Debt-watcher Fitch Ratings has affirmed the credit scores of two government-owned banks and retained a “positive” outlook, in line with expectations for the sovereign.
In a statement on Thursday, Fitch said it affirmed the long-term issuer default ratings (IDRs) of Development Bank of the Philippines (DBP) and Land Bank of the Philippines (LBP).
“The outlooks on both banks remain positive, mirroring the positive outlook on the Philippine sovereign’s ratings,” it stated.
The ratings firm said the IDRs and national ratings of DBP and LBP were driven by expectation of state support for the banks, as indicated by their support ratings (SRs) of “3” and support rating floors (SRFs) of “BB+.”
A “BB+” rating by Fitch is non-investment grade, indicating an elevated vulnerability to default risk, particularly in the event of adverse changes in business or economic conditions over time.
“Their SRFs are at the same level as for the large systemically important commercial
banks,” it said.
Fitch also believes the government would have a high propensity to provide extraordinary support to the two banks in times of need, in light of their full ownership and quasi-policy roles as set out in their respective forming charters.
“The probability of state support is considered moderate overall, after taking into account the sovereign’s fiscal flexibility, as indicated by the sovereign IDR of ‘BBB-’,” it said.
A “BBB” rating, which is an investment-grade, indicates that expectations of default risk are currently low. The capacity for payment of financial commitments is considered adequate but adverse business or economic conditions are more likely to impair this capacity.
Meanwhile, the credit ratings agency noted that the viability ratings (VRs) on DBP and LBP take into account the banks’ satisfactory asset quality and profitability, reasonable risk management frameworks and healthy funding and liquidity profiles.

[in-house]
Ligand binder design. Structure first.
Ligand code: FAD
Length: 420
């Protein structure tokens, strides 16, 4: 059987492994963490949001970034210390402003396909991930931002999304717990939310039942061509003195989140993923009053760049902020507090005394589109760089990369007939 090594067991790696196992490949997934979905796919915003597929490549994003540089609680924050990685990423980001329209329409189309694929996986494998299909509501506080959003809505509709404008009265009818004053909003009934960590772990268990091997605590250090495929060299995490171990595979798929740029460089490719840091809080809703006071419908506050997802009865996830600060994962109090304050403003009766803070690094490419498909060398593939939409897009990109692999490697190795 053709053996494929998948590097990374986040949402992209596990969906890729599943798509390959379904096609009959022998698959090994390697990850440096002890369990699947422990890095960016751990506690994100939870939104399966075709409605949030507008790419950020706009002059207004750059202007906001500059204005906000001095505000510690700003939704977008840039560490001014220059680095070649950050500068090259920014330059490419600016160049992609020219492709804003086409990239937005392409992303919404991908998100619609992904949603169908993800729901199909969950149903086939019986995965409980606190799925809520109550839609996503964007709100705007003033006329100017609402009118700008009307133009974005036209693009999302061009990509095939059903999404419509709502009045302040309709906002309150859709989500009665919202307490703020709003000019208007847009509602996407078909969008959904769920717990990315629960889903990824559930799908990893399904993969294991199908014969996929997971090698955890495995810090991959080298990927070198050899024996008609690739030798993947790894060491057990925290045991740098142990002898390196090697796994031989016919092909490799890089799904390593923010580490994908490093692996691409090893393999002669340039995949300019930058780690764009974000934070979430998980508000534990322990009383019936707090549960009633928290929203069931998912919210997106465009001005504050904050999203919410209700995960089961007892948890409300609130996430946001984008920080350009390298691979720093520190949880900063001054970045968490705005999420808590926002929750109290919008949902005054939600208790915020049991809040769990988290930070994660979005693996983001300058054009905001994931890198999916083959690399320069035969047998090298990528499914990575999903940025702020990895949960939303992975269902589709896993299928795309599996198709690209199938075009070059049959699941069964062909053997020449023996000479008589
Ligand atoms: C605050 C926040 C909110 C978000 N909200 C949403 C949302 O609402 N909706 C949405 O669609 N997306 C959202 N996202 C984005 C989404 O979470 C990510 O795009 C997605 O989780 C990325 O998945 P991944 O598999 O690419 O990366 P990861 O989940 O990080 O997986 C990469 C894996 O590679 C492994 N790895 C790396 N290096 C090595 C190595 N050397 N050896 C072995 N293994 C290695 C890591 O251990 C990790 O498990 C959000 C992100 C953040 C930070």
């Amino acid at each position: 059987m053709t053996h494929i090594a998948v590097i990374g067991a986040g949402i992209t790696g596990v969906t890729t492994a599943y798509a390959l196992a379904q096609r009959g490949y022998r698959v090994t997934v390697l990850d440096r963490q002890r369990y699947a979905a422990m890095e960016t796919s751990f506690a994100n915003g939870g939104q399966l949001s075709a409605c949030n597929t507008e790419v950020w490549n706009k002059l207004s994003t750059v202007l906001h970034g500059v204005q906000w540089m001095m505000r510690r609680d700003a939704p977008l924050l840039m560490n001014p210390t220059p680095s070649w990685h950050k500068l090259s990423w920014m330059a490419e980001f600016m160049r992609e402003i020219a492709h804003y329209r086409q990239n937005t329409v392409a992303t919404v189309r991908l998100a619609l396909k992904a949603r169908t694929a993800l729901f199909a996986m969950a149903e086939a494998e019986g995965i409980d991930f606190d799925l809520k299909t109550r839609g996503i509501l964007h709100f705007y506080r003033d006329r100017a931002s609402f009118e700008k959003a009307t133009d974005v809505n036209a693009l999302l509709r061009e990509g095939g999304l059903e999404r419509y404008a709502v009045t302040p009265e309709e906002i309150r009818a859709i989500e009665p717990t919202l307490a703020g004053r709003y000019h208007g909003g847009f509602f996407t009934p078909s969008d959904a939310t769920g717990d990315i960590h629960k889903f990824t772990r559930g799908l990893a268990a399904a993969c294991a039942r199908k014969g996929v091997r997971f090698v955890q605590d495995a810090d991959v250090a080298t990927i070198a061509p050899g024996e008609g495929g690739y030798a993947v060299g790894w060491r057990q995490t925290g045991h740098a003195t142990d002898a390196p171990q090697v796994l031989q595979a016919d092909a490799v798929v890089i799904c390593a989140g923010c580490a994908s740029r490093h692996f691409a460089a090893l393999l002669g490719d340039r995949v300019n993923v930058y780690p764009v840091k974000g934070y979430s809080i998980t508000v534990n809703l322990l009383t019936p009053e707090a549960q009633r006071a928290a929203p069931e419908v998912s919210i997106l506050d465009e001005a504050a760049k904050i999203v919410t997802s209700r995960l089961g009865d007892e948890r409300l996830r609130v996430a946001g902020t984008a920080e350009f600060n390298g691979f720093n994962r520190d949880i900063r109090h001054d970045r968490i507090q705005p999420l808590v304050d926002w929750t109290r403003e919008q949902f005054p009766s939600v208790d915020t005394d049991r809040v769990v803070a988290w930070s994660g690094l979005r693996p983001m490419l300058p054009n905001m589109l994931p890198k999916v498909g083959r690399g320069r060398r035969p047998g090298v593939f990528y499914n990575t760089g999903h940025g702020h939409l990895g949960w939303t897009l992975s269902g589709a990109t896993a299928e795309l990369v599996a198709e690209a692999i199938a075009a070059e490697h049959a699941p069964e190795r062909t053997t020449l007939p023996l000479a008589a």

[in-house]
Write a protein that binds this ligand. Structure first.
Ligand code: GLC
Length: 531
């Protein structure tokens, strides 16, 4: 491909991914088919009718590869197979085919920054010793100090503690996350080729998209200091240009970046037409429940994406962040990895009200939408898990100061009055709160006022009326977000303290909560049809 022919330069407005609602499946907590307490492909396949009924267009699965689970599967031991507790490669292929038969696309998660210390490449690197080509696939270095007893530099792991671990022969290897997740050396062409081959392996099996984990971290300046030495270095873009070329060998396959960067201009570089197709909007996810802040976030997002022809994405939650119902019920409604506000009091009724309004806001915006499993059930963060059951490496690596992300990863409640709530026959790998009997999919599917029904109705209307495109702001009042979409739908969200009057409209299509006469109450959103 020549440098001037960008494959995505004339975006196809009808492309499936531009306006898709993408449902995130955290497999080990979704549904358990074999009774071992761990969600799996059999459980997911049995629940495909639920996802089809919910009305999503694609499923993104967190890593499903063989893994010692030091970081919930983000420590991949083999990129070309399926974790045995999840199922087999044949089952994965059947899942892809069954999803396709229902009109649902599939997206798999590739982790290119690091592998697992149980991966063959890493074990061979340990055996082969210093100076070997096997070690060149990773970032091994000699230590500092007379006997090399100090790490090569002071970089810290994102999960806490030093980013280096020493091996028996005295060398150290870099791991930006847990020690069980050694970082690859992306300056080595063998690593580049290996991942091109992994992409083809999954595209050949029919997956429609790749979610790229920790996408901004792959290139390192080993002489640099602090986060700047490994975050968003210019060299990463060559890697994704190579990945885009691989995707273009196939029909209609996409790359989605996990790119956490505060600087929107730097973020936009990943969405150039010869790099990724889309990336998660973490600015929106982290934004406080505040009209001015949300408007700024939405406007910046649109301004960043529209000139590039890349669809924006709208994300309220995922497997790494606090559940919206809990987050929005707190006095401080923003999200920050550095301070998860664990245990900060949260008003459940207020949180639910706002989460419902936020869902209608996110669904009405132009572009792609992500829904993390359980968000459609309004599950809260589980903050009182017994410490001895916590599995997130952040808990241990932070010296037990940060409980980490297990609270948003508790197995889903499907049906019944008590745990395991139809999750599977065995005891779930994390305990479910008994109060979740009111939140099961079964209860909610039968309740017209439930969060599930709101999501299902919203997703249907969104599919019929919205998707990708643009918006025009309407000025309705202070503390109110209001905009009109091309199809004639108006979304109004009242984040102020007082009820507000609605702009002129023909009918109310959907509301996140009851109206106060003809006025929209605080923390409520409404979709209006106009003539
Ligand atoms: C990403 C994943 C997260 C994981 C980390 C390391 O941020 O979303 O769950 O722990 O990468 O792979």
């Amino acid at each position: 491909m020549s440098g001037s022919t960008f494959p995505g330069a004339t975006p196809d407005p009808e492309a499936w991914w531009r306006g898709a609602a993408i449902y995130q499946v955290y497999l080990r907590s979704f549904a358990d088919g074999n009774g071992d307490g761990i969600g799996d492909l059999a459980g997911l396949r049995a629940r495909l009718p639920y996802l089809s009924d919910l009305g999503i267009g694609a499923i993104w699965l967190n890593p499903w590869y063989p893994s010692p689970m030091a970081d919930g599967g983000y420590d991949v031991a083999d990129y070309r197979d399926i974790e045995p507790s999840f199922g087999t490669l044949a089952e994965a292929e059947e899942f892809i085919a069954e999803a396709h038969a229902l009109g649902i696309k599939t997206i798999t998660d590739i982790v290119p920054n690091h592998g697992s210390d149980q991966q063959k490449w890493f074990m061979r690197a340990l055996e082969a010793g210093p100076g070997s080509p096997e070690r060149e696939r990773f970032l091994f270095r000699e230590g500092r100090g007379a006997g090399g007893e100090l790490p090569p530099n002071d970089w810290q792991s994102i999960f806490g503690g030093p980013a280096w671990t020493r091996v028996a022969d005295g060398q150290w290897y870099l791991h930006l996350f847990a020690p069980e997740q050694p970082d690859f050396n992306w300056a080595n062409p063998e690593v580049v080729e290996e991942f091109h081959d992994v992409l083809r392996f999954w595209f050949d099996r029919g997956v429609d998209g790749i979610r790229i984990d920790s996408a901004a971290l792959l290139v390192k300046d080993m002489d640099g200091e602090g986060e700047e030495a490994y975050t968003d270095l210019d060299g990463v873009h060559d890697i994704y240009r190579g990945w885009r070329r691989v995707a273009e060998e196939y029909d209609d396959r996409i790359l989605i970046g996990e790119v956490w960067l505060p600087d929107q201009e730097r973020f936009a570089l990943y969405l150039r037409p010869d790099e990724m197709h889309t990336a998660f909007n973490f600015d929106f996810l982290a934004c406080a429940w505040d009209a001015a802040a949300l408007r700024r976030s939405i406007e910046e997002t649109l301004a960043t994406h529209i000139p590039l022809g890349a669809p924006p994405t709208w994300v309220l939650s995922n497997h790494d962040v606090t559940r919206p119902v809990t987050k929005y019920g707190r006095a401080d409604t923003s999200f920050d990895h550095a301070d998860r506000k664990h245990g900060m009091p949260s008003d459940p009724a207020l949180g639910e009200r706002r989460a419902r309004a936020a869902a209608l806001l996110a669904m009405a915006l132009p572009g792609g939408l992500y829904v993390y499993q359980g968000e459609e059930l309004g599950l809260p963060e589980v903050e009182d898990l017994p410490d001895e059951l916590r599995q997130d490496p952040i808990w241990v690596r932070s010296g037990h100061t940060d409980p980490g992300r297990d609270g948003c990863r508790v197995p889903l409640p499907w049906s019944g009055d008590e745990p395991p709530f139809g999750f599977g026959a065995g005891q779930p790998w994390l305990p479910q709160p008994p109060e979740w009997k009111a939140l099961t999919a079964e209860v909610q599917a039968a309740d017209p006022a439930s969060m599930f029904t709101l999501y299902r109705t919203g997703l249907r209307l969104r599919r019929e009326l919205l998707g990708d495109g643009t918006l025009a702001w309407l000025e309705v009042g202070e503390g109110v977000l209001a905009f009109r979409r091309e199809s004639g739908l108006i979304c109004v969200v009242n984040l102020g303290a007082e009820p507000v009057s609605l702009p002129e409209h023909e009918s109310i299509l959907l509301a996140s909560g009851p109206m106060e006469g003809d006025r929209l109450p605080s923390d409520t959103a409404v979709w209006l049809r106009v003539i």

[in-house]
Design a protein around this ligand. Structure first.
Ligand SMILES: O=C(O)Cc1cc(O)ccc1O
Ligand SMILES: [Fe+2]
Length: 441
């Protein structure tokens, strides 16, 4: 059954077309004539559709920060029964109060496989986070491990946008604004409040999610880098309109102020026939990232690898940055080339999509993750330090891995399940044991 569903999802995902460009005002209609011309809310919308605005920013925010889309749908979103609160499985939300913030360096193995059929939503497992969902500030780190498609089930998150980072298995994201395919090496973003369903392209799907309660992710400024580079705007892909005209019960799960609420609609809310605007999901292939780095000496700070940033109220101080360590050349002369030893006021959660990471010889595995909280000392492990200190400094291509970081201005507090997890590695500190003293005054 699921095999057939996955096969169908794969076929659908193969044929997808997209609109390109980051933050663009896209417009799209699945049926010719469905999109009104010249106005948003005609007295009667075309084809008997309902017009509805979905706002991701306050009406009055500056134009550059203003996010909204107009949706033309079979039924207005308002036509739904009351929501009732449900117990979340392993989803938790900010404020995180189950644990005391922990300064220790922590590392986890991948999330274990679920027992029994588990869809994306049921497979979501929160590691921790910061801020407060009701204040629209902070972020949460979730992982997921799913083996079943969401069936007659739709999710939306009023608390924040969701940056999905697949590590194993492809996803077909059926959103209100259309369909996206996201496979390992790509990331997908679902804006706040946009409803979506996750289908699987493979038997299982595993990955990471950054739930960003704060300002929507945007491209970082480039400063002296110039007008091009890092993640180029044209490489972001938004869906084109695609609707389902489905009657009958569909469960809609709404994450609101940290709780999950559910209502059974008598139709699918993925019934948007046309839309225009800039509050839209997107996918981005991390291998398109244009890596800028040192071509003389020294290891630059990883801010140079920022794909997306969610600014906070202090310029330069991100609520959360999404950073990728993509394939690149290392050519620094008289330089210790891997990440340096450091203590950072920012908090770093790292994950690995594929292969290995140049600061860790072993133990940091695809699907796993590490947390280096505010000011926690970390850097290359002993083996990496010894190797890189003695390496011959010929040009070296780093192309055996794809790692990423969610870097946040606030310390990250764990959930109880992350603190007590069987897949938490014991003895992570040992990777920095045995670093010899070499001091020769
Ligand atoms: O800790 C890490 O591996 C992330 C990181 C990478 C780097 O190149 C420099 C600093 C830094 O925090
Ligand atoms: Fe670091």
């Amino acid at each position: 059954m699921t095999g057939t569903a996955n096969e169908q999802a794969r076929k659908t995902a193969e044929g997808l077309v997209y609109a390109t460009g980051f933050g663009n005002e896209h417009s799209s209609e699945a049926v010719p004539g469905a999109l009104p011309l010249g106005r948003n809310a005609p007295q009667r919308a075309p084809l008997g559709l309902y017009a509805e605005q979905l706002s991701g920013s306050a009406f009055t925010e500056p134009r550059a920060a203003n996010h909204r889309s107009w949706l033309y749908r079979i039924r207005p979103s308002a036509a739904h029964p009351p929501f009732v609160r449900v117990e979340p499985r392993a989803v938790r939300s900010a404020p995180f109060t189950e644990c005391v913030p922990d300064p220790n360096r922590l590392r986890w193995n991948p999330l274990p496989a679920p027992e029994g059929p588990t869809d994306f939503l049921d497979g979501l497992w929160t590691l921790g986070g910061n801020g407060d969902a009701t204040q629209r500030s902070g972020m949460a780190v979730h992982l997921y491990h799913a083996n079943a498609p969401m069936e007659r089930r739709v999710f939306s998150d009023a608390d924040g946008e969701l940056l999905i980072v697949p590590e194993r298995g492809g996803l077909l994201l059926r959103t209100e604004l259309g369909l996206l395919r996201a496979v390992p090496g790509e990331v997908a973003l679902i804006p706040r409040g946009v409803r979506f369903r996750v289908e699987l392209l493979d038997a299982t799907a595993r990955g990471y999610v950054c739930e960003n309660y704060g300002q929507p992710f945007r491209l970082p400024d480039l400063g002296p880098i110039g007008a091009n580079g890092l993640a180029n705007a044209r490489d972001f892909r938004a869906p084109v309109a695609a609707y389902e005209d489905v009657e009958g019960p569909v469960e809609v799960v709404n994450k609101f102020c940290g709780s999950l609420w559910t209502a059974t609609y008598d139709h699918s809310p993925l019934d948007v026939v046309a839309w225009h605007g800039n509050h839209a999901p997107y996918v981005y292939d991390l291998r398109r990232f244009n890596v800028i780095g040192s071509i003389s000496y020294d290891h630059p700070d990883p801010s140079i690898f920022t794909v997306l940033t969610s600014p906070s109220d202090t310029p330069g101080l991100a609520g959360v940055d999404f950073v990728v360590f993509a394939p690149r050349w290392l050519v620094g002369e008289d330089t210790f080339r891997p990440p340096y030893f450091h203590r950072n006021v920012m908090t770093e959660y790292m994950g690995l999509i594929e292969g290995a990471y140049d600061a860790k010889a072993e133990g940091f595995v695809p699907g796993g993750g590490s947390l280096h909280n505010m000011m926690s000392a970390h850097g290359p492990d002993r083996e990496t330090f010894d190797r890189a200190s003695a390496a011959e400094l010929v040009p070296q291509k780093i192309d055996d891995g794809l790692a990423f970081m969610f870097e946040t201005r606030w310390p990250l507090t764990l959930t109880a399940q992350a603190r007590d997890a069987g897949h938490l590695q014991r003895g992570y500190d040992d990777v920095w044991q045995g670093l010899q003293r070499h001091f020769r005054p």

“These ratings also take into account the steady improvement in the Philippine operating environment, including a stronger prudential framework,” it said.
That said, DBP’s and LBP’s development mandates continue to have significant influence on their intrinsic profiles, resulting in materially higher loan and deposit concentrations compared with commercial bank peers.
Fitch said both banks’ capitalizations remain adequate as indicated by their estimated Fitch core capital (FCC) ratios, which are above their regulatory common equity Tier 1 (CET1) ratios.
Capital injections from the government over 2016–of P5 billion or about 1.9 percent of risk-weighted assets (RWAs) for DBP and P9 billion or 1.8 percent of RWAs for LBP–will help to improve the ratios.
“The CET1 ratios significantly declined for both banks in 2015 largely due to the full deduction of certain legacy equity investments from CET1 capital,” according to Fitch.
The CET1 ratio fell to 10.4 percent at end-2015 for DBP from 13.8 percent a year earlier and to 10.0 percent for LBP from 11.7 percent.
“Funding and liquidity are relative rating strengths. Deposits are highly concentrated, but mainly derived from government sources or large corporate funds, and fairly stable,” it said.
Fitch pointed out that the banks’ balance sheets are also liquid, and a significant portion of assets are held in cash, balances with the central bank, and government securities.